3.2 Processing model

The Recommendation describes the processing model for XSL-FO as a series of formal steps in the derivation of the areas of content to be rendered from the instance expressing the intent of formatting, as depicted in Figure 3-1. The Recommendation does not cover the creation of the XSL-FO instance, nor the detailed semantics of rendering, but focuses entirely on how to get from the former to the latter (note the thicker arrows in the diagram at the beginning and end of the formatting process).

Figure 3-1. XSL processing model flow summary

graphics/03fig01.gif

Note:

Although the processing model is described in the Recommendation using constructs and procedural steps following a well-defined sequence, there is no obligation on a vendor that a particular implementation perform the steps as documented. The only obligation on a formatter is that it produce the rendered result as if it were implemented according to the steps described in the text.

This nuance is important to vendors in that it allows them to implement any algorithm producing equivalent results, without constraining the innovation or flexibility to accomplish the results using any algorithm they wish.

One ramification of this flexibility is that none of the intermediate results described in the processing model can be standardized or be required of a particular implementation. Conformance testing would be far simpler if there were a serialization of the abstract result of the interpretation of the formatting intent, without needing to interpret a rendered result as having successfully met the criteria.


First, the instance of elements, attributes, and data becomes a node tree of abstract nodes representing these constructs for processing. It is possible that this node tree is passed directly from the result of transforming some source XML into resulting XSL-FO without instantiating the result as markup characters. However, if the information is presented to the formatter as an instance of markup characters , this must be interpreted into a node tree suitable for the formatter to work with.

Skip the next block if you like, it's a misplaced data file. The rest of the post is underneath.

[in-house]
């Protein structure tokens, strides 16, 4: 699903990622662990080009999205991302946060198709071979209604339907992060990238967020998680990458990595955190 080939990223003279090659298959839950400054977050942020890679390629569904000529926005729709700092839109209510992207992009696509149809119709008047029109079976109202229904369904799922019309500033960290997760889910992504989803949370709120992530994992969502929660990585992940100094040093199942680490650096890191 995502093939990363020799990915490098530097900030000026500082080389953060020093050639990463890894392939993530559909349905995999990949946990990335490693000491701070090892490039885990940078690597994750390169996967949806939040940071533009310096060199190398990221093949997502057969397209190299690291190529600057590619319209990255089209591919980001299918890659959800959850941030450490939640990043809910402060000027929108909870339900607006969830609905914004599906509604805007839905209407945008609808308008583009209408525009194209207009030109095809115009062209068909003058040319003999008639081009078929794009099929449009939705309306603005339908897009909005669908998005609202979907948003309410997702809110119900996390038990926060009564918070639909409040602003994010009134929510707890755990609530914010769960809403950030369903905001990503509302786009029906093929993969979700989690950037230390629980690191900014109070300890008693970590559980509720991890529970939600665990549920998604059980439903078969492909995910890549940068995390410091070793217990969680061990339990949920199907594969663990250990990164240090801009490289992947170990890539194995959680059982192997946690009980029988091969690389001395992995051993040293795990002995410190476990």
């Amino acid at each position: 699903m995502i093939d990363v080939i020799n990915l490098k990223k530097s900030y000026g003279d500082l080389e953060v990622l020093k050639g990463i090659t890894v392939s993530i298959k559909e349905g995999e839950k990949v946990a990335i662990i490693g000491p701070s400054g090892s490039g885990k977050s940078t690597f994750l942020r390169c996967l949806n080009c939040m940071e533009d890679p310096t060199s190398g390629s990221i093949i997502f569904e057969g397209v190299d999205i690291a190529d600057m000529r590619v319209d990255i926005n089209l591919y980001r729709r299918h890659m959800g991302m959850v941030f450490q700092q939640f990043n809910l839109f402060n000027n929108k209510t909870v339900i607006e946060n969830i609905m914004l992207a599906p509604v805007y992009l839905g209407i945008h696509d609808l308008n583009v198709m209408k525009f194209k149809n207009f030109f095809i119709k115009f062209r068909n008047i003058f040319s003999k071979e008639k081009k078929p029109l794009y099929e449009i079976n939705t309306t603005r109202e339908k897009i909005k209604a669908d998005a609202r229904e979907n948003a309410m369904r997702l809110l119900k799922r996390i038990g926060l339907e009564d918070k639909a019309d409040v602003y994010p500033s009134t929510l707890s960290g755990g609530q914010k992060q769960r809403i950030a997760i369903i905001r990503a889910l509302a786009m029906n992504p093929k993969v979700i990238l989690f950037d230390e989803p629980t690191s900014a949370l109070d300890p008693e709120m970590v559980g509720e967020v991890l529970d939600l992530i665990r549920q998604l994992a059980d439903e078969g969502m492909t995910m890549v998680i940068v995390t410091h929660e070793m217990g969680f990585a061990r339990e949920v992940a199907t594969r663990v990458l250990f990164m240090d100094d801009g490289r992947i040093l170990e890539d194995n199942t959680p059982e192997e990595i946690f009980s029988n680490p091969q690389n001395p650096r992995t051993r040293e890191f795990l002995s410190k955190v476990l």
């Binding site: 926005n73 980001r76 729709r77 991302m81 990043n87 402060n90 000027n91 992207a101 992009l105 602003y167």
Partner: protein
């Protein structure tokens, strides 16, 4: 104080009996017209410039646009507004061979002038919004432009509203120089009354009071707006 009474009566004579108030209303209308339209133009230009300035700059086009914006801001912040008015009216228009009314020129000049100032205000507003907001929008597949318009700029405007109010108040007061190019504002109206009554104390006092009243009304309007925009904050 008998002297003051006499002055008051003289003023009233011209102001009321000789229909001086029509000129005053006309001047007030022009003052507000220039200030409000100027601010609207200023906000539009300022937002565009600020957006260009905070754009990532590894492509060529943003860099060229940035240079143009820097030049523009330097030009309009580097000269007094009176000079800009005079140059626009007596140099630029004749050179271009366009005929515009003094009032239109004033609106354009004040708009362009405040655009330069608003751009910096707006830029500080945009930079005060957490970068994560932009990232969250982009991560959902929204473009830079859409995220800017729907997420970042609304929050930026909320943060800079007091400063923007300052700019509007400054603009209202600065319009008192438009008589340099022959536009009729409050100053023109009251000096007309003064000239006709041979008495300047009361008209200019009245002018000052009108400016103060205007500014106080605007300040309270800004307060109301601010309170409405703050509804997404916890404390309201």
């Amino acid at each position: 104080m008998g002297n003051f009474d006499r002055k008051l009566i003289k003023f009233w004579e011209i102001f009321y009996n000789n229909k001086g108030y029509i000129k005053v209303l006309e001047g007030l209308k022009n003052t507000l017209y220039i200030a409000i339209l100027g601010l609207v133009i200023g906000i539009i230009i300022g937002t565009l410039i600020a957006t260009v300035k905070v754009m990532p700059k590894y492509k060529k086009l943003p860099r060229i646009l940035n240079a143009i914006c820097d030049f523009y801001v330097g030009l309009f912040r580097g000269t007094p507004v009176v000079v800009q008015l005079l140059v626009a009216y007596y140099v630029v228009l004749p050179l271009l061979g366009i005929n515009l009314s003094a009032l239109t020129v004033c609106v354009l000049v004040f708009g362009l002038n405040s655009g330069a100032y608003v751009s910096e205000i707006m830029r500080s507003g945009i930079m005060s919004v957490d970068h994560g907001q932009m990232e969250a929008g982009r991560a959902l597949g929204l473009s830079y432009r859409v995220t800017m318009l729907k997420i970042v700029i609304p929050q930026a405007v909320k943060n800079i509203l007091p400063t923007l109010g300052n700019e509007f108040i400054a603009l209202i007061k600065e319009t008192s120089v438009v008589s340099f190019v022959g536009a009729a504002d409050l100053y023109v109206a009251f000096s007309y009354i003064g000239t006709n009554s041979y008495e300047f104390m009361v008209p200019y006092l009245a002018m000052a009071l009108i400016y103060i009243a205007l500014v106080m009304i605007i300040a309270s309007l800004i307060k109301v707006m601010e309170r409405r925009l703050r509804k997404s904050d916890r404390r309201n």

This node tree of elements, attributes, and text represents the expression of the intent of what the designer desires in the rendered result. This is called the Instance Tree and includes all of the content, including references to external foreign objects not expressible in XML, that is to appear in the target medium. The instance is the mechanism used by the designer to express the information to be presented using the desired semantics as described in the XSL-FO Recommendation.

The Instance Tree is interpreted into the Formatting Object Tree that is comprised entirely of formatting objects and their properties. This requires the (abstract) breaking of text nodes into sequences of character formatting objects, and the creation of properties from attributes.

Note that certain white-space -only text nodes of the Instance Tree are irrelevant to the formatting process and do not create text nodes in the Formatting Object Tree. Also removed for later access by the formatter or rendering agent are in-stream foreign objects ( expressed in XML but not in the XSL-FO vocabulary, e.g. Scalable Vector Graphics (SVG) fragments ), and any objects not from the XSL-FO namespace that are used in the declarations formatting object.